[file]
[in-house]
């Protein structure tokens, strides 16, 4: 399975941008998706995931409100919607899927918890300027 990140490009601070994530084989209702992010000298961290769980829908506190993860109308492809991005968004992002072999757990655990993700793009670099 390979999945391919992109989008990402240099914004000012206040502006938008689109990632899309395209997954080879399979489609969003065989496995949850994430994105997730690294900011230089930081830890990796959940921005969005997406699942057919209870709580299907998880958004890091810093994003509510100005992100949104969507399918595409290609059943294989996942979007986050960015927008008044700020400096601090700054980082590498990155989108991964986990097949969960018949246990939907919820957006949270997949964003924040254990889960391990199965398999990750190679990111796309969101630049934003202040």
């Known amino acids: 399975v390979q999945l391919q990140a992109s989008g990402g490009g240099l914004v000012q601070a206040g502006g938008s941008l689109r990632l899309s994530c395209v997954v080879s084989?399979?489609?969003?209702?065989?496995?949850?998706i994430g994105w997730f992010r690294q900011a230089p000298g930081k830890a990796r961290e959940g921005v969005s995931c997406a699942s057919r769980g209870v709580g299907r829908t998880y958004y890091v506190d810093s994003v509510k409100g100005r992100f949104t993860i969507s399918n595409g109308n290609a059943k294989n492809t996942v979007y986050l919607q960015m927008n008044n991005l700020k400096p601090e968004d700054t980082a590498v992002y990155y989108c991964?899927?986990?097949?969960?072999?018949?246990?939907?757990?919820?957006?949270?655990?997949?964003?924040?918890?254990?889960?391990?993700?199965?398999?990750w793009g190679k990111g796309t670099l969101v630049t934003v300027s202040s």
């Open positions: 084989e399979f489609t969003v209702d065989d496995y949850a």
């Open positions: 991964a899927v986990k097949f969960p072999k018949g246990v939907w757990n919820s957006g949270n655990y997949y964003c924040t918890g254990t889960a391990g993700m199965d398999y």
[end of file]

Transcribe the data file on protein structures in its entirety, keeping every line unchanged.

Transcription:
[in-house]
């Protein structure tokens, strides 16, 4: 399975941008998706995931409100919607899927918890300027 990140490009601070994530084989209702992010000298961290769980829908506190993860109308492809991005968004992002072999757990655990993700793009670099 390979999945391919992109989008990402240099914004000012206040502006938008689109990632899309395209997954080879399979489609969003065989496995949850994430994105997730690294900011230089930081830890990796959940921005969005997406699942057919209870709580299907998880958004890091810093994003509510100005992100949104969507399918595409290609059943294989996942979007986050960015927008008044700020400096601090700054980082590498990155989108991964986990097949969960018949246990939907919820957006949270997949964003924040254990889960391990199965398999990750190679990111796309969101630049934003202040």
């Known amino acids: 399975v390979q999945l391919q990140a992109s989008g990402g490009g240099l914004v000012q601070a206040g502006g938008s941008l689109r990632l899309s994530c395209v997954v080879s084989?399979?489609?969003?209702?065989?496995?949850?998706i994430g994105w997730f992010r690294q900011a230089p000298g930081k830890a990796r961290e959940g921005v969005s995931c997406a699942s057919r769980g209870v709580g299907r829908t998880y958004y890091v506190d810093s994003v509510k409100g100005r992100f949104t993860i969507s399918n595409g109308n290609a059943k294989n492809t996942v979007y986050l919607q960015m927008n008044n991005l700020k400096p601090e968004d700054t980082a590498v992002y990155y989108c991964?899927?986990?097949?969960?072999?018949?246990?939907?757990?919820?957006?949270?655990?997949?964003?924040?918890?254990?889960?391990?993700?199965?398999?990750w793009g190679k990111g796309t670099l969101v630049t934003v300027s202040s």
């Open positions: 084989e399979f489609t969003v209702d065989d496995y949850a």
């Open positions: 991964a899927v986990k097949f969960p072999k018949g246990v939907w757990n919820s957006g949270n655990y997949y964003c924040t918890g254990t889960a391990g993700m199965d398999y």